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This Is a question that was buzzing me, but since every meter of altitude a rocket consume an absurd amount of fuel, wouldn't be more efficent launching rocket from higher altitudes?

Thinking to places like El Alto in Bolivia that has 4,1 km above Sea level. Even tought the microgravity map shows a slightly higher Gravity I assume It Is compensated by the higher altitude.. or not?

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marked as duplicate by JCRM, Dan Pichelman, Jack, uhoh, user259412 Apr 19 at 16:04

This question has been asked before and already has an answer. If those answers do not fully address your question, please ask a new question.

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    $\begingroup$ It's a good question, but it's been asked before. Don't worry if your question is closed as duplicate, it's a standard function to help direct future readers to existing answers. Fell free to ask a new question any time, and Welcome to Space! $\endgroup$ – uhoh Apr 19 at 15:56
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    $\begingroup$ Not a duplicate, since that post does not really mention strategic positioning of launch sites and only considers the launch altitude. $\endgroup$ – Hans Apr 19 at 15:56
  • $\begingroup$ I dont believe its duplicate, actually the other topic did not answered to me. I readed It carefully. $\endgroup$ – GameDeveloper Apr 19 at 17:22
  • $\begingroup$ @GameDeveloper this site does a pretty good job of re-opening questions when a a clear case is made that the question is different and the question is edited to help to make it clearer what the difference is. In this case can you highlight what it is specifically that you would like to emphasize that isn't answered by the combination of those three answers? $\endgroup$ – uhoh Apr 19 at 23:33
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You are correct a high launch location could help with rocket efficiency. Engines with nozzles optimized for lower atmospheric pressure, usually resulting in higher specific impulse primarily, also lower dynamic pressure and atmospheric drag. The "distance" gain is minuscule - maybe half a second worth of fuel usage, but the pressure change would be beneficial.

The problem is a set of other restrictions and requirements of a launch site.

  • Safe "downrange" area - a couple hundred kilometers preferably completely uninhabited, both for planned booster fall zone and in case of mid-flight explosion. Sea is optimal for that.
  • Politics. Not launching over another country's territory. Technically after getting over the Karman line there's no issue... but if the rocket fails to achieve orbit, it's better for it to fall onto international waters or own territory, than onto territory of a country you're in tense relations with. Also try to imagine USA launching spy satellites from a spaceport in Bolivia... The spaceport should definitely be on "home territory." (Russia is definitely not happy about Baikonur being located in Kazakhstan.)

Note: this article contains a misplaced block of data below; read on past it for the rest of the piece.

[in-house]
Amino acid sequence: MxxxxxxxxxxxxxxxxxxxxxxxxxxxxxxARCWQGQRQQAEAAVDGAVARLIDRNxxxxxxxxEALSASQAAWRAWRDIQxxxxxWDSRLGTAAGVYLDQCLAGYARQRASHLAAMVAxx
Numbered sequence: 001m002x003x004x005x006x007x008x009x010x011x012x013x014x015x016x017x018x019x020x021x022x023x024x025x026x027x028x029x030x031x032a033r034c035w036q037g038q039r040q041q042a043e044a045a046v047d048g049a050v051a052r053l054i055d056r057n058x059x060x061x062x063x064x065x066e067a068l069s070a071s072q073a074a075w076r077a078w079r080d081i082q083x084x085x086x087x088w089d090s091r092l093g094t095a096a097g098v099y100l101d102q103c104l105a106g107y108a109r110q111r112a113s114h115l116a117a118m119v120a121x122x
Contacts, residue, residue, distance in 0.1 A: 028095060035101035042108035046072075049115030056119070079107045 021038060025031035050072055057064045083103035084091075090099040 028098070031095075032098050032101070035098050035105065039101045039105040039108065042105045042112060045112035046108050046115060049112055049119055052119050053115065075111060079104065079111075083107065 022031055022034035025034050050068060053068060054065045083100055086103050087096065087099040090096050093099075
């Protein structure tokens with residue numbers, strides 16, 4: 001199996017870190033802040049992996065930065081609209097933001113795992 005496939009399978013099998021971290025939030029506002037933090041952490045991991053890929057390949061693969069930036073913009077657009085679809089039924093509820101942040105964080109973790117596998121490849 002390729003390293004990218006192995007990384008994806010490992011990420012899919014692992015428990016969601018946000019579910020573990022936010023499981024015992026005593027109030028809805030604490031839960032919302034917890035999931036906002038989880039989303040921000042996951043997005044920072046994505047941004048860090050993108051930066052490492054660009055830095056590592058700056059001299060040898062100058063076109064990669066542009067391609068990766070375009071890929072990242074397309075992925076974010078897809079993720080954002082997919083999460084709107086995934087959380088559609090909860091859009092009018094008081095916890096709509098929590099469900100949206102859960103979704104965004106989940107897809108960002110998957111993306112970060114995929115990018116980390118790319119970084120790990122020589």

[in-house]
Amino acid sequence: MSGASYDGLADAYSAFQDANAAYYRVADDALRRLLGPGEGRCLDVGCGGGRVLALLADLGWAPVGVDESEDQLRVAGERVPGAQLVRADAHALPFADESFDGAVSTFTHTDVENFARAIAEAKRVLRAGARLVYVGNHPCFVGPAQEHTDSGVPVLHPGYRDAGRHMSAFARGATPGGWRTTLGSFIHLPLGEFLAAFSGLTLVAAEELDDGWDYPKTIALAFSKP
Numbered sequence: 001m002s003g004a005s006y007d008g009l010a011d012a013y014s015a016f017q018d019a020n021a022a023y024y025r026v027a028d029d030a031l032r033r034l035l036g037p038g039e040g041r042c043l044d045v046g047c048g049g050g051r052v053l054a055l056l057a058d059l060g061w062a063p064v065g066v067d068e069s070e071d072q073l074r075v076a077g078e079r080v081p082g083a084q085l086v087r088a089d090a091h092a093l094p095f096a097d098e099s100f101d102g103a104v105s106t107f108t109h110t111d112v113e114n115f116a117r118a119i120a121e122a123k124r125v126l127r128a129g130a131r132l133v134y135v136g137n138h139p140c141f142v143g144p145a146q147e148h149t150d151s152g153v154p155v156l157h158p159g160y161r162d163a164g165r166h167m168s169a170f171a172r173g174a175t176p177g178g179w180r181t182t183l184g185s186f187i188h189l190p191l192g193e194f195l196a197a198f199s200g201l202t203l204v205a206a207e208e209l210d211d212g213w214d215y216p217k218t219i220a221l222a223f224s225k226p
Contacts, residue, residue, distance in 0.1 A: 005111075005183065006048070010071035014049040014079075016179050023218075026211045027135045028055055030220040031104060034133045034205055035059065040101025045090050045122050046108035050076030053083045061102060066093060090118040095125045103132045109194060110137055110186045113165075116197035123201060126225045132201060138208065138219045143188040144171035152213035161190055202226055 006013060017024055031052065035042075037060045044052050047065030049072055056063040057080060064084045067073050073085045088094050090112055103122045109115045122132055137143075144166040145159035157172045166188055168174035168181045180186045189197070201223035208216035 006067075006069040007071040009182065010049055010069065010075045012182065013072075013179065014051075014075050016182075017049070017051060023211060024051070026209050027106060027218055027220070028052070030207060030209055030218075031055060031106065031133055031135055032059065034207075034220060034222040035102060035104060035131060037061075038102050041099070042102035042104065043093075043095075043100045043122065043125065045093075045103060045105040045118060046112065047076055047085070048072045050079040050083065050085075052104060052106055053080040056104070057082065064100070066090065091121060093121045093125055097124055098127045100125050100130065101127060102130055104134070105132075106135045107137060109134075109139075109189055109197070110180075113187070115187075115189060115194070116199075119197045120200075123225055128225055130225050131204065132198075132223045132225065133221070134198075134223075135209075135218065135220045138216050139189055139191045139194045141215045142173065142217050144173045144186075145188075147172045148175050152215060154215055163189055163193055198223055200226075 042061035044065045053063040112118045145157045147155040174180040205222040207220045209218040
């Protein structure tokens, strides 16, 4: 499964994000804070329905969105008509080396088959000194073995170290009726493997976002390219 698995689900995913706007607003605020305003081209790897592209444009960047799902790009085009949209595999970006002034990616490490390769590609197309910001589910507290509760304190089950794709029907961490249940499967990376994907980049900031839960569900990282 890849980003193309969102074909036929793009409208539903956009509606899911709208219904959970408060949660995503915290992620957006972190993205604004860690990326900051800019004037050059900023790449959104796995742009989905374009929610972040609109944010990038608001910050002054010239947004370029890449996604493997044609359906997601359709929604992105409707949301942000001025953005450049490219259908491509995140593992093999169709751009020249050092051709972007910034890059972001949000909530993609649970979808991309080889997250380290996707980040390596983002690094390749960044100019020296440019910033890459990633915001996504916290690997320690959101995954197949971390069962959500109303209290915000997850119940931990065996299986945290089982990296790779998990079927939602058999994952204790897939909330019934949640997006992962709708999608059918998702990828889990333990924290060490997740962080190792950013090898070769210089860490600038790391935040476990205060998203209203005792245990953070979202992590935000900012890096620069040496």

• Relatively flat and safe to land on, for manned launches. Launch Escape System is a great device that assures in case of trouble at launch the astronauts will be brought safely to the ground... but doesn't help a bit about where exactly and what happens afterwards, e.g. if they land on a steep slope and the capsule starts rolling down rapidly... Mountains aren't safe for landing.
  • Logistics. Many of rocket parts are too huge for land transport over large distances, and delivery by sea is often the only viable route. Also, good land transport network for all that can be transported by land - usually best developed in coastal areas.
  • Employee comfort, health and safety. People qualified to work for the rocket industry are top professionals who'd easily find work in more hospitable areas had their workplace turned out to be too inhospitable - like high altitude settlements often are. You can bet warm beaches of Florida are more welcoming than Bolivian highlands.
  • Economy and economical politics. The spaceport is supported by a whole lot of industries big and small and stimulates the economy immensely. So you want it to be domestic for this reason. Bolivia can't afford own major spaceport. USA could have one in the Rocky Mountains, but - range safety! It would be very hard to find enough safe uninhabited terrain to assure safe 'drop zone' for the spent boosters etc.

  • Local development, economy, industry and infrastructure. It's much easier to have a spaceport near existing manufacturing facilities of firms that operate or are capable of operating producing the rockets, than to have the rockets transported across half the country - or build the entire production infrastructure from scratch at the site. Again, coastal areas tend to be most developed in these domains.

As result, the benefits of high altitude don't outweigh the costs of otherwise awkward location.

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    $\begingroup$ The U.S. initially launched V-2 rockets captured from Germany after World War II from White Sands, New Mexico, close to the border with Mexico. The rockets were launched toward the north, away from the border. A rocket launched in 1947 lost control, veered toward the south, and crashed near Juarez, Mexico, just a short distance from an ammunition dump at which Mexican mining companies stored powder and dynamite. The lesson-learned from this accident was that not causing international incidents or killing citizens with failed launch attempts is a good idea. $\endgroup$ – David Hammen Apr 19 at 16:12

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